Finding the perfect title…
- One word titles. These are easy — choose one proeminent element from your story and stick to it. It’s what I did for FIREBIRD — a retelling of the Russian fairytale and that fit my MS perfectly.
- Phrases. “From Russia with Love”, or “The Fault in Our Stars”. You can twist phrases around or even catch one of them in your own MS to put it in the title.
- Combining words. You’ve seen this before. “The Wrath and the Dawn”, “A Court of Thorns and Roses”, “The Girl of Fire and Thorns”. They work really well for any fantasy titles, so find words that stick out in your MS and that revolve around the main theme.
- Title drops. One of my favorite ways to get the title — sometimes so subtle and then the title is in the middle of a sentence and you go WHOA. SO THAT’S WHAT IT MEANS. It has to be both meaningful to the book as well as work as a title itself. Look for those scenes where everything changes for your MC and where the plot thickens.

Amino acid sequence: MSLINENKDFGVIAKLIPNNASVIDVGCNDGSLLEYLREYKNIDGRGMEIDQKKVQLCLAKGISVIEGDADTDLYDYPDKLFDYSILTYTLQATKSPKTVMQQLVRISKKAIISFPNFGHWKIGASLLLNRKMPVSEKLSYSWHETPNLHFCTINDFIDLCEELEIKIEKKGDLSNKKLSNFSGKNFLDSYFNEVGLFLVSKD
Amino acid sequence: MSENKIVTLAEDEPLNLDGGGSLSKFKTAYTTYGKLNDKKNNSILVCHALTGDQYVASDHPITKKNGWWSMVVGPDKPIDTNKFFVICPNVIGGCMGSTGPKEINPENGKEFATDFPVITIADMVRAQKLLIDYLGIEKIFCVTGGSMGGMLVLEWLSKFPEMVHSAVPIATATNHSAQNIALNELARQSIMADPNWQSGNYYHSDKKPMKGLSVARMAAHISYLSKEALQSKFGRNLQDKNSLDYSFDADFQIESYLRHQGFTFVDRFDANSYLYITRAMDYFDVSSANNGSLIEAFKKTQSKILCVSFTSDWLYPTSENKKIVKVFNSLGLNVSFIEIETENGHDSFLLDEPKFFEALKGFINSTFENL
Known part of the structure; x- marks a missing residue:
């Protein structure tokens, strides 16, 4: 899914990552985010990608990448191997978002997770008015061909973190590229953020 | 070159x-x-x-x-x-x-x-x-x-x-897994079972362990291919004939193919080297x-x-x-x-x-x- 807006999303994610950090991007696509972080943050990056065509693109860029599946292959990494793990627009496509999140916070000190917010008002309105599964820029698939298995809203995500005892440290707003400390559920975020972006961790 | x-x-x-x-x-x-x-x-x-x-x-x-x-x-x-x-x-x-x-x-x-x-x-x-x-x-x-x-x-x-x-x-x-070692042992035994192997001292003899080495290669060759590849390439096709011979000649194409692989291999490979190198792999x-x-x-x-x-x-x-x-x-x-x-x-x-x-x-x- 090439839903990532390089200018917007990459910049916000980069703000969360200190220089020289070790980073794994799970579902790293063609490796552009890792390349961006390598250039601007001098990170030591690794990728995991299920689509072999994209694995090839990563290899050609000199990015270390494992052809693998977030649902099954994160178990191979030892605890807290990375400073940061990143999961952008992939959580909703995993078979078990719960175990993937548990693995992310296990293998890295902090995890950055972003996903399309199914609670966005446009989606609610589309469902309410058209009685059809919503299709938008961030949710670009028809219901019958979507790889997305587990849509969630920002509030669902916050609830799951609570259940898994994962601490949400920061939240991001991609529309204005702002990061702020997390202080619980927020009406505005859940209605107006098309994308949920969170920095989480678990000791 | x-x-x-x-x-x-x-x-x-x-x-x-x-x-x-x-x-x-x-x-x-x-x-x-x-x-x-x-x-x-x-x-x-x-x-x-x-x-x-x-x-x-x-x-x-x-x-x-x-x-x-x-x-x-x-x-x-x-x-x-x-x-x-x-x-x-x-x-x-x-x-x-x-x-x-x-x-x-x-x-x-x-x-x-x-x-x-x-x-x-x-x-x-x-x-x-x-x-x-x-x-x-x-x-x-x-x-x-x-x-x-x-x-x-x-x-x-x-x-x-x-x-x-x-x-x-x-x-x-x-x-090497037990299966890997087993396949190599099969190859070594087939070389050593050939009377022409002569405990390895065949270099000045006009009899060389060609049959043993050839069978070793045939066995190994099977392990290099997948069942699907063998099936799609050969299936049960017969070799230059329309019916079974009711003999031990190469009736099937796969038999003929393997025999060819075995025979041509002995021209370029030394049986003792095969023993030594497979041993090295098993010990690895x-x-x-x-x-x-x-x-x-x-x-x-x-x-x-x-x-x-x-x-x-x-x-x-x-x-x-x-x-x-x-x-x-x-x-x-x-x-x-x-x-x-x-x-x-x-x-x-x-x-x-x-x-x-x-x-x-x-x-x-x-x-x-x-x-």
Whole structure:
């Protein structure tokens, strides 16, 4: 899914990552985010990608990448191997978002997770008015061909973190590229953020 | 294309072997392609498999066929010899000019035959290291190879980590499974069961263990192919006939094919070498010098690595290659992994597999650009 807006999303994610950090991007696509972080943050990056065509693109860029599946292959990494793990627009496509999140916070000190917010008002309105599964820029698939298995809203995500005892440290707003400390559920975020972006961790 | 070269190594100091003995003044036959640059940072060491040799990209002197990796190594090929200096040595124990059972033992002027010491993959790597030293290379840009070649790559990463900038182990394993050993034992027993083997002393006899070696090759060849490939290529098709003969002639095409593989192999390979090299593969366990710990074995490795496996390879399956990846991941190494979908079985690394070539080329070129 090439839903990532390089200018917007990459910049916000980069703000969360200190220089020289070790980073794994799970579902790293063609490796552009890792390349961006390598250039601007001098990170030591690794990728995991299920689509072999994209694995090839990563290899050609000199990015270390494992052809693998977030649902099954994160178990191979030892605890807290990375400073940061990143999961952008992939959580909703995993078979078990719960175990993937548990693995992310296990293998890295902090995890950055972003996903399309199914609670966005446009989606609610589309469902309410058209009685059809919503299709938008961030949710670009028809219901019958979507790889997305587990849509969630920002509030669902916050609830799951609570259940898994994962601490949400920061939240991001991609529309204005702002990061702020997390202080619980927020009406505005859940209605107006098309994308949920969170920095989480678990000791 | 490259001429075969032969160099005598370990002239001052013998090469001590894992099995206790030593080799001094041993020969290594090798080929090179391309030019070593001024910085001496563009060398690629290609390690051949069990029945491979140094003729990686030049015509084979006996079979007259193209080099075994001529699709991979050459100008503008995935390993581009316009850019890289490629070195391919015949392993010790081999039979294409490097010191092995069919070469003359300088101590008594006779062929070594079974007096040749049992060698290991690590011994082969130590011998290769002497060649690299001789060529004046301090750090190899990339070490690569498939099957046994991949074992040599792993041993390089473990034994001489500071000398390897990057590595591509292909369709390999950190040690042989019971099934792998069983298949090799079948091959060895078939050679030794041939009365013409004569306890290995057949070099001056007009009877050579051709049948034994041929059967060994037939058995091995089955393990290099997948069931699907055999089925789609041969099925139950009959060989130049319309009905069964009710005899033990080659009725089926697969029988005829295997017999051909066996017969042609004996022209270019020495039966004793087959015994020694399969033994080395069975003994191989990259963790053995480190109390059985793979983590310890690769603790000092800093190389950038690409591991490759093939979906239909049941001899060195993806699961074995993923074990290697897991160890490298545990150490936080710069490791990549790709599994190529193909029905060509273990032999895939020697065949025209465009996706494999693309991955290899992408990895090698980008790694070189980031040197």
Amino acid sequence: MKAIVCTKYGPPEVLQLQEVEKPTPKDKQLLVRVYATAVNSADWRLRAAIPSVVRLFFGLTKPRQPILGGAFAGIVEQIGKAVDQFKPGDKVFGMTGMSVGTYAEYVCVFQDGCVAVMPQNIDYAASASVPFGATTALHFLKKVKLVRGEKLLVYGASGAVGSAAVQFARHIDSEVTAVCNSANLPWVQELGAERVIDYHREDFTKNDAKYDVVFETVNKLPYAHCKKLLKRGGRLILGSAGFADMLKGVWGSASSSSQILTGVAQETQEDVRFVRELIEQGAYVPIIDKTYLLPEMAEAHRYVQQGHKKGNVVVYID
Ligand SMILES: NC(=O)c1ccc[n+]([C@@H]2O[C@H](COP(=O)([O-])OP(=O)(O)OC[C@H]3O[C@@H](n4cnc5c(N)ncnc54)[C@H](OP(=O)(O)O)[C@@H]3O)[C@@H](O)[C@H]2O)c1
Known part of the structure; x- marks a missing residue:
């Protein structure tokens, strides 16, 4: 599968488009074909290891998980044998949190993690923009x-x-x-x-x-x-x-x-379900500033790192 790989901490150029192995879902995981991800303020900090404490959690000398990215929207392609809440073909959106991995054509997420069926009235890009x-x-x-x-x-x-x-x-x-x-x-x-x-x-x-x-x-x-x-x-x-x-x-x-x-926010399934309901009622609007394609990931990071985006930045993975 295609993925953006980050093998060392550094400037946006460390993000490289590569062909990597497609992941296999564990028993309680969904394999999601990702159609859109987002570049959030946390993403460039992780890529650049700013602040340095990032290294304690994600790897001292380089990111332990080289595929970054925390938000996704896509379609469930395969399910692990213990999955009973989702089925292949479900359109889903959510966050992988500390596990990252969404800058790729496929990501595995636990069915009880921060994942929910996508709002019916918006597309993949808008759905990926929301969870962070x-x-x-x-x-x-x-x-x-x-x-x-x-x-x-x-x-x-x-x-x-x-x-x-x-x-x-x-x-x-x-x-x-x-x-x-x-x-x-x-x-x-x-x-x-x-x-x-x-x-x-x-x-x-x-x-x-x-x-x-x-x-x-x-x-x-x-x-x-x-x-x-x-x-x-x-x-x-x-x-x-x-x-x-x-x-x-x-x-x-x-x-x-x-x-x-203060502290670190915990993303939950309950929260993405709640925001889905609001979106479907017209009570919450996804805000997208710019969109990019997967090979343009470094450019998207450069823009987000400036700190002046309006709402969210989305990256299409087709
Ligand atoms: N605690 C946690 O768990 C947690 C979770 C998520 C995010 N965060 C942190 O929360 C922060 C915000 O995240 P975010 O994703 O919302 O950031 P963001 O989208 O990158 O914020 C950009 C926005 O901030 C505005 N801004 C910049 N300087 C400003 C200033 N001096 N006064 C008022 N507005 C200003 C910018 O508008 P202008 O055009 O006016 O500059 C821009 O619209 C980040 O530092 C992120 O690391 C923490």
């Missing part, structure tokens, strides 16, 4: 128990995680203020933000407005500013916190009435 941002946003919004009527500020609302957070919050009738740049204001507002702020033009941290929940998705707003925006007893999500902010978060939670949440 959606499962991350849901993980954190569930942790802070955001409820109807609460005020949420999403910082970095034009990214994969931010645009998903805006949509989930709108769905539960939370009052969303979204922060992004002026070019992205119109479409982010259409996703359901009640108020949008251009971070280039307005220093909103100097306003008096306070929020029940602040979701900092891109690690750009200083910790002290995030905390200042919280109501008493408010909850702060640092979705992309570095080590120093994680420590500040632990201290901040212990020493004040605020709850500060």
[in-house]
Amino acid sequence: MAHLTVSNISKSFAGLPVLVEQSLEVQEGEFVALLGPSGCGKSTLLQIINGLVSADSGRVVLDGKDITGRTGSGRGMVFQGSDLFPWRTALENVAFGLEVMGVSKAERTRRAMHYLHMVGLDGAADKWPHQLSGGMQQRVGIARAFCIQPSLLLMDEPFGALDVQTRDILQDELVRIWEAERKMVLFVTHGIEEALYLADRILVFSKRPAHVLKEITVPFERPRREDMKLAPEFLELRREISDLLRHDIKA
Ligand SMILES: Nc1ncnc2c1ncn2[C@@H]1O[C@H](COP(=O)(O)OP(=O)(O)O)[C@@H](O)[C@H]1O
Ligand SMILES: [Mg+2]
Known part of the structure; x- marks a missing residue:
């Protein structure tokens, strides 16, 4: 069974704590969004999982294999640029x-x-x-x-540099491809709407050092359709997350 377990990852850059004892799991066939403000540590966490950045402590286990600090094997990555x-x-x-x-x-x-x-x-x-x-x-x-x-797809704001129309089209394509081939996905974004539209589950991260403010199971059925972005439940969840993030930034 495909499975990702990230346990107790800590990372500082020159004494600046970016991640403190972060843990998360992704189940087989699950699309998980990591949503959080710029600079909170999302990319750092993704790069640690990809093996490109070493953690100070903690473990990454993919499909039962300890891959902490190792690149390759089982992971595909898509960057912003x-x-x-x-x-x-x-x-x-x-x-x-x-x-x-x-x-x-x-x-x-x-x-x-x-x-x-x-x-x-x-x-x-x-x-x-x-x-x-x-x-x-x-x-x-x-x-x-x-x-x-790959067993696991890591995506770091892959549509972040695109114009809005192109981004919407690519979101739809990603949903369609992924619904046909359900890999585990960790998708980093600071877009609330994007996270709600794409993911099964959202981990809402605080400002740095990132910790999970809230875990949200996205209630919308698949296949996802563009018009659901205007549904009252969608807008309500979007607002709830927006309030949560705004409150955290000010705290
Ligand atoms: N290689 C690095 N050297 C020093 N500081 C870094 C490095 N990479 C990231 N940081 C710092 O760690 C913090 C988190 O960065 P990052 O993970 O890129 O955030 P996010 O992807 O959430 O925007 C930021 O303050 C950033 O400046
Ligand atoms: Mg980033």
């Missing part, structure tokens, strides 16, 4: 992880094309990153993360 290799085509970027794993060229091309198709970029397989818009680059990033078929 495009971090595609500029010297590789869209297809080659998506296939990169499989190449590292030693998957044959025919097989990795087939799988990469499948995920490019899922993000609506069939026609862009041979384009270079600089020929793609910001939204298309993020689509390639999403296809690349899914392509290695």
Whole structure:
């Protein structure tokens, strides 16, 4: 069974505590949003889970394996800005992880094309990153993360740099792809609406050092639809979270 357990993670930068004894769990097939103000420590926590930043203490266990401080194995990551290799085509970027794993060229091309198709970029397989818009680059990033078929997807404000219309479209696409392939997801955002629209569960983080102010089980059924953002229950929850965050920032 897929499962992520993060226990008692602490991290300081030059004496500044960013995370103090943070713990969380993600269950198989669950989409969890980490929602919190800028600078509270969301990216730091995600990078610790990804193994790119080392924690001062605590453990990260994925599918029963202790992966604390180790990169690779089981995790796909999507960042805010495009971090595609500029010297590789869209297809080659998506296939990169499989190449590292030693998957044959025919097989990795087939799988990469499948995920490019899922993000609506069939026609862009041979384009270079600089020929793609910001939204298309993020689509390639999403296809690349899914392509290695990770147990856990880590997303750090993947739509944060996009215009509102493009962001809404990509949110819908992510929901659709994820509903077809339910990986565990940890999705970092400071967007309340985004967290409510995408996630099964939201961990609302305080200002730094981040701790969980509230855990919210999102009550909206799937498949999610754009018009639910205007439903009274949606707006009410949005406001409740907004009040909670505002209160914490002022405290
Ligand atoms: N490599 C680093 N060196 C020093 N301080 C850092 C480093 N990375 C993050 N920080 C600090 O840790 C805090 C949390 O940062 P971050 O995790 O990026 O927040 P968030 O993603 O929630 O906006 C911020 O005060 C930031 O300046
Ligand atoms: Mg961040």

- Retellings. If your story is a fairy tale or classic novel retelling, be sure to reference in the title. Can be like “Cinder” (Cinderella) or “Princess of Thorns” (Sleeping Beauty). For my Romeo and Juliet retelling I’ve chosen THESE VIOLENT DELIGHTS, and I can’t see the MS without it.
Always, always look for a title that clicks. Try to look for something that stands out — but that doesn’t look out of its depth. Don’t be afraid of using a provisory title while you don’t have it — that’s ok. When it comes to you, you’ll know.
And to complete the list, some of my top fifteen favorite titles of all time…